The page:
This will sound silly, but when I moved back it took a bit of an adjustment to realise that my presence wasn’t a special occasion anymore. It was harder than usual to get everyone together to do things – because before living here, my friends and family all would have made an exception for something that was planned. Although the trade-off is that I can now call in for a cuppa with friends and we can casually catch up without having to allocate time within an itinerary, which was the case when I was only back for 48 hrs and wanted to see everyone.

The difference in salary is quite stark, but is easier to adjust to because there are no social expectations to “live like a yachtie”. No one wants to go out for Michelin star meals on a Tuesday evening. The biggest difference in terms of finances for me was the volume and admin of bills, services, and responsibilities. Adjusting to having a budget because living on board with no overheads gave me a false expectation of how to manage my salary.

What is the most important lesson you’ve learnt since starting your own business? and What is the most valuable skill you learned on board that helps you in your job now?

Perseverance and committing to my values. There is a book called “The Values Factor” by John D Martini which I would recommend to anyone. Now that I have a job that is aligned with my values it inspires me to persevere even when the times are tough. My perseverance and having a good attitude in the face of adversity were perfected during my time as yacht crew.

My experience in service prepared me for being confident to approach business leaders and key people of influence in our journey of growth. The product I have to offer might have changed but I am still bringing something that everybody wants to the table, similar to the feeling of bringing cool drinks to the aft deck on a hot day.

Teamwork is a skill that is imperative across roles in yachting and is crucially important for my role now as I am facilitating multi-disciplinary collaboration between our stakeholders.

My time on board taught me the power and beauty of nature. An A-ha Moment during a storm in the Gulf of Lyon – forceful waves lifting and carrying the boat, and we would involuntarily be displaced in whatever direction the sea desired. The natural world is so powerful, our weather patterns are so strong and we would be foolish to think that we can outsmart it with wit or cleverness, because that kind of strength, the kind we are seeing across the world, with cyclones, floods, storms and fires. Any person who has experienced this up close and personal can surely understand my contemplation that we don’t have an option of not working with nature.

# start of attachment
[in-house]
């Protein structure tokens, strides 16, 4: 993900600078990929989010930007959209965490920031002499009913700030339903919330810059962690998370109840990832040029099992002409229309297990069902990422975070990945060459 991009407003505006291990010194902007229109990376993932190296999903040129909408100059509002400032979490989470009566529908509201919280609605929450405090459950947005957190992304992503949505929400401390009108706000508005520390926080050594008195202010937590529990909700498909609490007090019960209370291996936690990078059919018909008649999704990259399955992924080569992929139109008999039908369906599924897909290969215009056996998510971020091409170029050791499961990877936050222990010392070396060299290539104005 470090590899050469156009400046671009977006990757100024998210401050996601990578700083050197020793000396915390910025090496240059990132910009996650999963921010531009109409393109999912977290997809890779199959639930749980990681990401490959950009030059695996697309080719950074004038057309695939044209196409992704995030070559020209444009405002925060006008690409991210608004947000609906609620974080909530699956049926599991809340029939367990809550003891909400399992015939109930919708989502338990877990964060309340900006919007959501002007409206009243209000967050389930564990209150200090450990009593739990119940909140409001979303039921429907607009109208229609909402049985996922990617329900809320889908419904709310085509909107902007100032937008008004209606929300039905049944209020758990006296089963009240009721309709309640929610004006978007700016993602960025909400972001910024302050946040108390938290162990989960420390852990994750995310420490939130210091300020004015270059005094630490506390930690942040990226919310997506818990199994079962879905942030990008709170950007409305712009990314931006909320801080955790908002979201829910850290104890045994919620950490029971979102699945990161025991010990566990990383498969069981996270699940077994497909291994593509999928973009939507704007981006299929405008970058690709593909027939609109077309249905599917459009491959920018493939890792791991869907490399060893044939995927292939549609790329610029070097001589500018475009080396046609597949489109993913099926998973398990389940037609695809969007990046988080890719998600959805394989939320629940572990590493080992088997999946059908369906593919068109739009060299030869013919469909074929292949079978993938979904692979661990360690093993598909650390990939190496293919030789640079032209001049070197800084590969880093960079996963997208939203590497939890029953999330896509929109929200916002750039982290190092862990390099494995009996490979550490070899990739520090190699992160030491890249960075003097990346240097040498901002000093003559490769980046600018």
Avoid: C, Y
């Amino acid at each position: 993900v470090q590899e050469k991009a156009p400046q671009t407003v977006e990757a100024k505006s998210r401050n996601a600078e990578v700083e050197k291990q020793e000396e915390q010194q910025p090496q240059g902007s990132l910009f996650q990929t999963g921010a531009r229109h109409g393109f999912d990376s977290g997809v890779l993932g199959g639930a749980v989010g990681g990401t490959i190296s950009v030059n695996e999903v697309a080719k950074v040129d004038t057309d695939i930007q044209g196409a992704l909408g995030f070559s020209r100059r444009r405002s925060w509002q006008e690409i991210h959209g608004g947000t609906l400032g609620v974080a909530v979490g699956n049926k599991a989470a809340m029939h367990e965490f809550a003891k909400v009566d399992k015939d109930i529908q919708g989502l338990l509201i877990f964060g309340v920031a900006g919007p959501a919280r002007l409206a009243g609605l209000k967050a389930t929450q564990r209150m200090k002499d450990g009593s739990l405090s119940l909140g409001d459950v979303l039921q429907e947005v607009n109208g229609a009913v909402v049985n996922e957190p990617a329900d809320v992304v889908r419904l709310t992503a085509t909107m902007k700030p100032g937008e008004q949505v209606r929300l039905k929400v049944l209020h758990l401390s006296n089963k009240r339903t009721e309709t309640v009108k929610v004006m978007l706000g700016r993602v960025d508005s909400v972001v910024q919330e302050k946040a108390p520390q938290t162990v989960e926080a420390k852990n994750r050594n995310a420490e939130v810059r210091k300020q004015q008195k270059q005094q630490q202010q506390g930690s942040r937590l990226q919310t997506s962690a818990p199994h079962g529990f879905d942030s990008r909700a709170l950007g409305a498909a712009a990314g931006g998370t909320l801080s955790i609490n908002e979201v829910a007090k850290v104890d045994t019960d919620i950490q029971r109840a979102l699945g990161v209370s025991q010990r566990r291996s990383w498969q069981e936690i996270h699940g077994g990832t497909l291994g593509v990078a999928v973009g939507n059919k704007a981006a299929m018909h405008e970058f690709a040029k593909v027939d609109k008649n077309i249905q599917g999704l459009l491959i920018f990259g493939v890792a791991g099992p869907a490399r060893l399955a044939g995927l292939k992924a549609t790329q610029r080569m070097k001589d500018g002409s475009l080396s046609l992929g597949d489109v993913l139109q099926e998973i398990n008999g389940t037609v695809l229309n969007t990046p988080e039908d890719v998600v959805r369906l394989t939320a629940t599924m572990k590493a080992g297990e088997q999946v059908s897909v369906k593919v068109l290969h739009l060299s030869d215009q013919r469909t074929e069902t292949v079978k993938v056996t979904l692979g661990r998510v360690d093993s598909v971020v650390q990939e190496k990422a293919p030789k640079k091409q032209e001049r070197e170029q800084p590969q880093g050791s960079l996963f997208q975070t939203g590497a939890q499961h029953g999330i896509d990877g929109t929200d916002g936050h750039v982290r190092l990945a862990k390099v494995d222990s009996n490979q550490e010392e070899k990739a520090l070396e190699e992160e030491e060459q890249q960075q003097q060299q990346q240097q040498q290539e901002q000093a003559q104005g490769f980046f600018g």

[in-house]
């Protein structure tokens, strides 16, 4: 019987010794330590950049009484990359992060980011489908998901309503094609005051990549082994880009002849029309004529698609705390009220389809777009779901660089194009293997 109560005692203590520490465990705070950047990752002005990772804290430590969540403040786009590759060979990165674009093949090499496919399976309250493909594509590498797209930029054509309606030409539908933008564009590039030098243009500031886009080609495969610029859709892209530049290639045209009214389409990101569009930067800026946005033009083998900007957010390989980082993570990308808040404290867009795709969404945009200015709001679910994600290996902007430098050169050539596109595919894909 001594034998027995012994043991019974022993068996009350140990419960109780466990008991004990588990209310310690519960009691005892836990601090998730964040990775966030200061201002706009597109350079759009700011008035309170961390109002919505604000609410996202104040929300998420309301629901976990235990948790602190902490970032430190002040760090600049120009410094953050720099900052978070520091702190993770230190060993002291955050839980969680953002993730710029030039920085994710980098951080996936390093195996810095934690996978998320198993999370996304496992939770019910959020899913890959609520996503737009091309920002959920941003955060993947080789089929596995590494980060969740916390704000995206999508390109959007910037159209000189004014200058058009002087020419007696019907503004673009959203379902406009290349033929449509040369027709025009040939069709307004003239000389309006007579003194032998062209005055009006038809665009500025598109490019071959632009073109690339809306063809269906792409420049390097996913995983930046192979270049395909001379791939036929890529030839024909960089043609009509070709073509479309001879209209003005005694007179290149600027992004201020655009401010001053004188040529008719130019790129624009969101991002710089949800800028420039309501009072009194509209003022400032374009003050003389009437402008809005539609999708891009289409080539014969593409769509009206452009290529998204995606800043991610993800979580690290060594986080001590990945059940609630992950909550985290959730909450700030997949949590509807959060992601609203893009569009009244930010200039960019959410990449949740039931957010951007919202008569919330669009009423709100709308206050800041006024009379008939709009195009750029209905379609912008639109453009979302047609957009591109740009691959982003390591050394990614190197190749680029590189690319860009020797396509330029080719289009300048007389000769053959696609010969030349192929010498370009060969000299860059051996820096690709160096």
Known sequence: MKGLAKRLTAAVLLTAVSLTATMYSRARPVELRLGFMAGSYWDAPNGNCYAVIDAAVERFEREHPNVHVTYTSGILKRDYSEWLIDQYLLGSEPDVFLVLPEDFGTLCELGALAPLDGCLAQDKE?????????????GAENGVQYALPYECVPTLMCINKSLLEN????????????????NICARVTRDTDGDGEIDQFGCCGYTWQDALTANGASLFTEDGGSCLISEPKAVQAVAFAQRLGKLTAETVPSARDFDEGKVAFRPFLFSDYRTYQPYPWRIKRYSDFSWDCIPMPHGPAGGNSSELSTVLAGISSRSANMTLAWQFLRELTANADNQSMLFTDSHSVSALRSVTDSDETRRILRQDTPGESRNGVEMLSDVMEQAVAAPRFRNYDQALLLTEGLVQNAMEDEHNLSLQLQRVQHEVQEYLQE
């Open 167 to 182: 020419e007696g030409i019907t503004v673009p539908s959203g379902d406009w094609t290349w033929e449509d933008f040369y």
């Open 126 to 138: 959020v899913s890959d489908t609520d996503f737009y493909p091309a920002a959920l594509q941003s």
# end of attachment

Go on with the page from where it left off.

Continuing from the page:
You’re either with her or you’re wiped out. Farming Carbon is about working with nature, proving how effective it is with our data and then quickly scaling massive change across agriculture and land management in the UK & Ireland.

farming carbon
Me in a Barley field – having a great time. I still drive a petrol car and watch formula one. I have a lot of conversations about the duality of being an environmentalist, appreciating the wastefulness of things around us but acknowledging that this is the system under which we function within. I can only start with myself.

If you could go back to the start of your career, name 2 things you would do differently? i.e., financial choices, ways you would have enhanced your cv, extra courses, and so on.

I am not sure if I’d change anything along the way. This is the part where I could say it would be sensible to save your money, but there has to be balance to that – don’t save at the expense of exploration and embracing all the beautiful places that yachting offers. On reflection, the people who sat in their cabins hungover, or spent the weekend lying around the crew mess missed out on so much. It’s a good idea to work out how much you would need to cover your bills for 6 months if you lost your job in the morning.

Difficult experiences on board can feel personal – it’s work but it’s also where we live, and the people we socialise with. I’d love someone to have told me at the beginning, to reframe your difficult experiences as opportunities to learn. Don’t take things personally and be honest with yourself when you experience criticism, if it was justified – learn, adapt and grow. Bear in mind that someone can criticise you, or you can feel like you are being attacked, and it has nothing to do with you. Consider the source before taking it too personally.

Can you tell us more about Farming Carbon and how the concept came about and has your career influenced it? i.e., did your passion for sustainability stem from your life as yacht crew?

Any service stews will be able to relate, but for every food item that we serve on board, we would have a near encyclopaedic of how it was prepared, where it was from and what made “this aubergine” better than “that aubergine”. Organic is indicative of quality and chemical-free produce. The passion communicated by the amazing chefs on boats is the same energy and expertise that my business partner, the farmer at Farming Carbon speaks with. The process of how our food becomes food should not be alien to us, and it was the ceremony of food presentation and preparation on board yachts that had me appreciate the journey that food makes to get to our tables.